Judge: Aspen neighbors can’t enforce 1957 building restriction

Rick Carroll
The Aspen Times

When Aspen visionary Fritz Benedict designed a neighborhood on the east side of town in 1957, one restriction was that only single-family homes could be built there.

Somebody didn’t get that memo, and in 1979, a high-end duplex was erected on the 200 block of Midland Avenue in the Promontory subdivision. Now, some 35 years later, a federal judge has ruled that the covenant is no longer enforceable by a group of neighbors. That’s partly because the duplex “has been used openly and notoriously in violation of the Single Family Dwelling Restriction since at least 1979,” wrote U.S. Magistrate Judge Boyd N. Boland in an order handed down last month.

Felix and Carolyne DeJean, owners of one of the duplex units, have been trying to sell the place for years, their lawsuit claimed. But the building limitations, which have been haggled over in previous lawsuits in Pitkin County District Court, spooked away potential buyers.

“Nobody was really aware of these restrictions that Fritz put in the deeds in 1957,” said Aspen attorney Michael Hoffman, who represents the couple along with fellow Garfield & Hecht lawyers Chris Bryan and Angela Vichick. “Nobody thought about it, and nobody enforced it.”

In September 2013, the DeJeans, part-time residents, sued their neighbors, who are also second-home owners, in U.S. District Court in Denver. The defendants included Colleen Grosz, who owns the other duplex unit next to the DeJeans, and Timothy and Marjorie Roddell, who own a single-family home next door.

The DeJeans’ suit asked the court to make a decision in the form of a declaratory judgment, which would preclude their neighbors from enforcing the single-family-home-only restriction.

And that’s what Boland’s ruling effectively does. But Wednesday, the defendants filed a notice in federal court indicating they will appeal the decision.

Kenneth Citron, who is the defendants’ attorney, said that his clients didn’t initiate the lawsuit and “we never made an attempt to enforce the restrictions.”

“No one is suggesting that the existing structure (the duplex) should come down,” he said.

Citron noted, however, that Grosz and the Roddells need to preserve their rights in the case of the unexpected.

“The fact is, if the property burns to the ground, provided (the DeJeans) get the approvals, they could put a multi-family dwelling there, which is not consistent with the character of the neighborhood,” he said. “That’s what they’re concerned about.”

In their lawsuit, the DeJeans claimed that the single-family-dwelling restriction detrimentally affected their unit’s value by $1.43 million. They also said the restriction has thwarted their ability to sell the unit, which they had shown 74 times to potential buyers.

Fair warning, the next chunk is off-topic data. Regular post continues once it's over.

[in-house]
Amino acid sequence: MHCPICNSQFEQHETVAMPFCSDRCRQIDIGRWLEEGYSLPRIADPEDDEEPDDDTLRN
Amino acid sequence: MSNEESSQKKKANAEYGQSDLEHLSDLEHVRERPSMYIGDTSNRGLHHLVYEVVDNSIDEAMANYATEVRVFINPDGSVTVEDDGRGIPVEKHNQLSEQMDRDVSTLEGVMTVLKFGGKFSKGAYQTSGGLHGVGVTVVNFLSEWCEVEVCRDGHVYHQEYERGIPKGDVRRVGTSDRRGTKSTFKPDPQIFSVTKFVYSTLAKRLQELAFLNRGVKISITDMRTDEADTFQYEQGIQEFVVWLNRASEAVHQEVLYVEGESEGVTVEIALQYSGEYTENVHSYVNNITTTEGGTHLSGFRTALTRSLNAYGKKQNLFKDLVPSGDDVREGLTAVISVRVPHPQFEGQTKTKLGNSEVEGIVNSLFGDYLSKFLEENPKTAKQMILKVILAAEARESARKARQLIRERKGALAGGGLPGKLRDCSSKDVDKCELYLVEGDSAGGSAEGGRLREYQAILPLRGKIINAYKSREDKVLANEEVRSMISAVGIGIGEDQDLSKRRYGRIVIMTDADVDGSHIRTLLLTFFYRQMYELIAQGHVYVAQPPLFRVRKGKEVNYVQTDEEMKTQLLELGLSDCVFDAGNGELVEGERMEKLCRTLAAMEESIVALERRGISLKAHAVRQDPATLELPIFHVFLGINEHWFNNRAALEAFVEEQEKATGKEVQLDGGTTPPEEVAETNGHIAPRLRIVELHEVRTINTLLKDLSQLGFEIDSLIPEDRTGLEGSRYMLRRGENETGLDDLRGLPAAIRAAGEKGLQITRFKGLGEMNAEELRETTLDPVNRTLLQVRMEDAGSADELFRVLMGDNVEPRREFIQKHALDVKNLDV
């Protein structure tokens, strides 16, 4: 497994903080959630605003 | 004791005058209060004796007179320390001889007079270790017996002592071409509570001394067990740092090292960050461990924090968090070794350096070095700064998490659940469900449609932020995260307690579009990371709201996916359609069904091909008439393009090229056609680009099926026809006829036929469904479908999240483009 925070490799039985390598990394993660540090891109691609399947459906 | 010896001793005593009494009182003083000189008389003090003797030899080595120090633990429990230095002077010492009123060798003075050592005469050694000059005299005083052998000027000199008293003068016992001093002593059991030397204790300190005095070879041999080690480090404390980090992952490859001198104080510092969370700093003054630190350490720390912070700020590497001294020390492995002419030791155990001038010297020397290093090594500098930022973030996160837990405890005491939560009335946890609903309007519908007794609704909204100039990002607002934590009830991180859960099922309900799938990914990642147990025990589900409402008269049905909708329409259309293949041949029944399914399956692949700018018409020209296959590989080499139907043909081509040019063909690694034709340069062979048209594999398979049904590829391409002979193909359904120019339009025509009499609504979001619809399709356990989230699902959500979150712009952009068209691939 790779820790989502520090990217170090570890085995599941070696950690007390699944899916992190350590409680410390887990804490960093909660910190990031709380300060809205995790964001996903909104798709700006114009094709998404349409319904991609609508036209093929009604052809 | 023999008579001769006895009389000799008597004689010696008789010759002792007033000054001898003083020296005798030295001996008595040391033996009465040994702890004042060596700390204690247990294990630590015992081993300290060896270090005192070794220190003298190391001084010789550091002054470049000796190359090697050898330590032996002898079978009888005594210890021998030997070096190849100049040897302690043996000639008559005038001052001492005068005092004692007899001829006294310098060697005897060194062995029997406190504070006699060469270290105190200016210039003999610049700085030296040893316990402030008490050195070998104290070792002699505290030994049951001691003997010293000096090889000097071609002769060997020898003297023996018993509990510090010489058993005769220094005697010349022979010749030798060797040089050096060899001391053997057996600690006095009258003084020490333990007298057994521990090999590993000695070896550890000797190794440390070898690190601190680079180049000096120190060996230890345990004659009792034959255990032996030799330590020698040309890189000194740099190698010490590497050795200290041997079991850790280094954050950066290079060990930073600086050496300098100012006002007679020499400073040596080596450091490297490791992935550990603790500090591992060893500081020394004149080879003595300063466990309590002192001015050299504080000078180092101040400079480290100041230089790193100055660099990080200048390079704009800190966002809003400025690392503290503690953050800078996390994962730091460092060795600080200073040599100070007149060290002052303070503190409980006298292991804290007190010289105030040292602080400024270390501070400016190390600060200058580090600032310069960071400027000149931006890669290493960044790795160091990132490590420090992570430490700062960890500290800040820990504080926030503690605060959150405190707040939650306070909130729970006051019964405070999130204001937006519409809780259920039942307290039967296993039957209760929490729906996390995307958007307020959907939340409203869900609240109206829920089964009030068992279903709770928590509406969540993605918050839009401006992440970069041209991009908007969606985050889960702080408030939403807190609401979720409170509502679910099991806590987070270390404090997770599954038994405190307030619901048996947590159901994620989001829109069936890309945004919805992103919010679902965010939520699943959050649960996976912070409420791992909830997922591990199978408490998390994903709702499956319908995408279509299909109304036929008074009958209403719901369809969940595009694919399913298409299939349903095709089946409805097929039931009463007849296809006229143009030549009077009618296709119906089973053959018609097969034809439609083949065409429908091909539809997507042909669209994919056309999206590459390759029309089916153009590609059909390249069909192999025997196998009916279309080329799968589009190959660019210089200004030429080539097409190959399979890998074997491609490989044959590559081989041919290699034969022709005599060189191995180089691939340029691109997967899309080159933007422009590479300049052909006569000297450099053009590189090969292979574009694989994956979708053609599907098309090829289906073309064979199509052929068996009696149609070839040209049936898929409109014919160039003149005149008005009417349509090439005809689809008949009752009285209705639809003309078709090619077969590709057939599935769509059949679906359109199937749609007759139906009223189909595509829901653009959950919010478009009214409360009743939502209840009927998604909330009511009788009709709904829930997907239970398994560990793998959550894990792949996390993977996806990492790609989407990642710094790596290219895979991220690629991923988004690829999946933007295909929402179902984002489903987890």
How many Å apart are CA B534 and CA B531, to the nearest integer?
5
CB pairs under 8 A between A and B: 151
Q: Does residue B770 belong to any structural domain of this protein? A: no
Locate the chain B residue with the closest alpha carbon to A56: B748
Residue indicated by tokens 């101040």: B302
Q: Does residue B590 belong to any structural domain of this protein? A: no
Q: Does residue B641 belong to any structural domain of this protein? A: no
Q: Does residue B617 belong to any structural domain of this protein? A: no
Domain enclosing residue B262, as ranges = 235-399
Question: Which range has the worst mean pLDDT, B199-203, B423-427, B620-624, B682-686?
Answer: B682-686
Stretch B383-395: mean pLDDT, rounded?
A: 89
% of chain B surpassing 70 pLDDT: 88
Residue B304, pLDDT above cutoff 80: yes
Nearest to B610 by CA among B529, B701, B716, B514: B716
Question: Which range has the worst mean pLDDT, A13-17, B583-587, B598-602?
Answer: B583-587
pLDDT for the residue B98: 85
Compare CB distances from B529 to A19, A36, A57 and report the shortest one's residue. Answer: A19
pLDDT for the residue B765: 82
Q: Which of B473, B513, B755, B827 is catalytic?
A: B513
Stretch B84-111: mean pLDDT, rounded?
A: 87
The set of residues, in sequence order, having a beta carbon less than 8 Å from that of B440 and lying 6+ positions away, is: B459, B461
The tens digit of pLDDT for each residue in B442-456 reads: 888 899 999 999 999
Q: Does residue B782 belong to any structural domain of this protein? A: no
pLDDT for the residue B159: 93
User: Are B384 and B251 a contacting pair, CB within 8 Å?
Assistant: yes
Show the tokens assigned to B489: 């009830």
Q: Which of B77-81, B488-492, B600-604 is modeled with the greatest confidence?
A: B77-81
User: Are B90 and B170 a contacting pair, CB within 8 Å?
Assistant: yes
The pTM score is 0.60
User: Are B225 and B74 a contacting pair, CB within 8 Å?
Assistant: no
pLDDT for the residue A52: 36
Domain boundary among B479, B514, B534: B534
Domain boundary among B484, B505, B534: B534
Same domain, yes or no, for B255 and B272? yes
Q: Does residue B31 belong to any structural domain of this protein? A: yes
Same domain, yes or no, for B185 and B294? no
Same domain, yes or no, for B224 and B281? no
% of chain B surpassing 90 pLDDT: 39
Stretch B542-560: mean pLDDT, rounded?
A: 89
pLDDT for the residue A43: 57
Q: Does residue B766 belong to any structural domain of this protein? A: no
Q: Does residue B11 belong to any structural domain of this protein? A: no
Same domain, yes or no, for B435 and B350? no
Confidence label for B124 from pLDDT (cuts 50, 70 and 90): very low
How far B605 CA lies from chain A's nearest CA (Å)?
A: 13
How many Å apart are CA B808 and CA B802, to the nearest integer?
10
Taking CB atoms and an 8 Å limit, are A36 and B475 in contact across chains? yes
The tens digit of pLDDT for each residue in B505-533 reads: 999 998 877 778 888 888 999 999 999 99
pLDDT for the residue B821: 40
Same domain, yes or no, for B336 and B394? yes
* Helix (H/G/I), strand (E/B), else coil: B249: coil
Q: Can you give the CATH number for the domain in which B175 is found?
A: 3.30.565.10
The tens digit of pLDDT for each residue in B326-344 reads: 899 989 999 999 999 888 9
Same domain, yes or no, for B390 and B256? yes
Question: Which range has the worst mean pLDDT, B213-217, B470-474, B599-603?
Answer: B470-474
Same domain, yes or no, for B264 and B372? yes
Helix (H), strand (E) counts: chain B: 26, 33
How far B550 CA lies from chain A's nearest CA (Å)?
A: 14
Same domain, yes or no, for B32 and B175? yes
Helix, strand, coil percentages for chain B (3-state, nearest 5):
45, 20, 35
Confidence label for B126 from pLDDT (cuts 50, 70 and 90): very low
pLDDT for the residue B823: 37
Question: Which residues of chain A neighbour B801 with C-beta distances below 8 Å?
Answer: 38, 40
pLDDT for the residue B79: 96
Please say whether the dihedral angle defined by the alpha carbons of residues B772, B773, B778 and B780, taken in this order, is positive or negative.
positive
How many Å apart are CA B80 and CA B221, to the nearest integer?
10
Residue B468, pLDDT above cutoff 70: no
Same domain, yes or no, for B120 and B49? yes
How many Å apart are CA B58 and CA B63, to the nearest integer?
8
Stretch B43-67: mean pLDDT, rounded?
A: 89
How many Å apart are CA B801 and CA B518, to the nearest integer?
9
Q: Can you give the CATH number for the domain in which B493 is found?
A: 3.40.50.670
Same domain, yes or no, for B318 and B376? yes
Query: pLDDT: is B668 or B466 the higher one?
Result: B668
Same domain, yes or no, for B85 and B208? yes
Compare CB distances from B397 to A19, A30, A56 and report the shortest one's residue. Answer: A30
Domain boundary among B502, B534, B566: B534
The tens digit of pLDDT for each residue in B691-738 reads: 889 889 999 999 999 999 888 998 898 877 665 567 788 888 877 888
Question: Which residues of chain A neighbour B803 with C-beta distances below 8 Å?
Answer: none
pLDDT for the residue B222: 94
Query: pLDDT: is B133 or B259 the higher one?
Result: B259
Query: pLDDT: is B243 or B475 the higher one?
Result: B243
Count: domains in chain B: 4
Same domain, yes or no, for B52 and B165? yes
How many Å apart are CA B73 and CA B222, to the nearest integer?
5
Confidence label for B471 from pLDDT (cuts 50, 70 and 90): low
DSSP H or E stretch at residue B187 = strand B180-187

“Their rationale is that they’re trying to sell the unit with the single-family restriction and they’ve been impacted,” Citron said. “Those are their allegations. But we never got to the point to seeing if that was true in trial.”

Hoffman said the order certainly helps the DeJeans in their plans to sell the property, “but it’s not over yet.”

While the DeJeans filed suit last year, the controversy over the subdivision’s building restrictions dates back to last decade. The DeJeans sued the same defendants in Pitkin County District Court, and in July 2010, a judge ruled in the defendants’ favor after reversing another judge’s order.

But at the time of the 2010 ruling, the 18-year statute of limitations on the enforcement of the covenant had not expired.

The DeJeans bought their unit in June 2000, Grosz bought her unit in August 1995, and the Roddells acquired their home in February 1994. The previous owner of the duplex and the home was Theresa M. Hubbert Schiff.

Both Hoffman and Citron said they weren’t sure if Schiff was aware of the building restriction, but it’s indisputable that it wasn’t enforced.

And now that the 18-year statute has passed, the DeJeans have renewed their case in federal court.

“The 18-year limitation period lapsed against the Roddells’ enforcement right on Feb. 18, 2012, and against Ms. Grosz’s enforcement right on Aug. 31, 2013,” Boland wrote. “Thus, the DeJeans have met all of the requirements necessary to modify the Rodells’ and Ms. Grosz’ right to enforce the single-family dwelling restriction against Lot 5 (where the duplex is located).”

Boland also noted that the “Single Family Dwelling Restriction is, in essence, a fiction in connection with Lot 5 because a duplex has existed on the property, unchallenged, since at least 1979. The law cannot support this fiction to the profound detriment of the DeJeans.”

Citron said one of the defenses has been that “the issues have been decided in state court and shouldn’t be brought to federal court on the same issue.”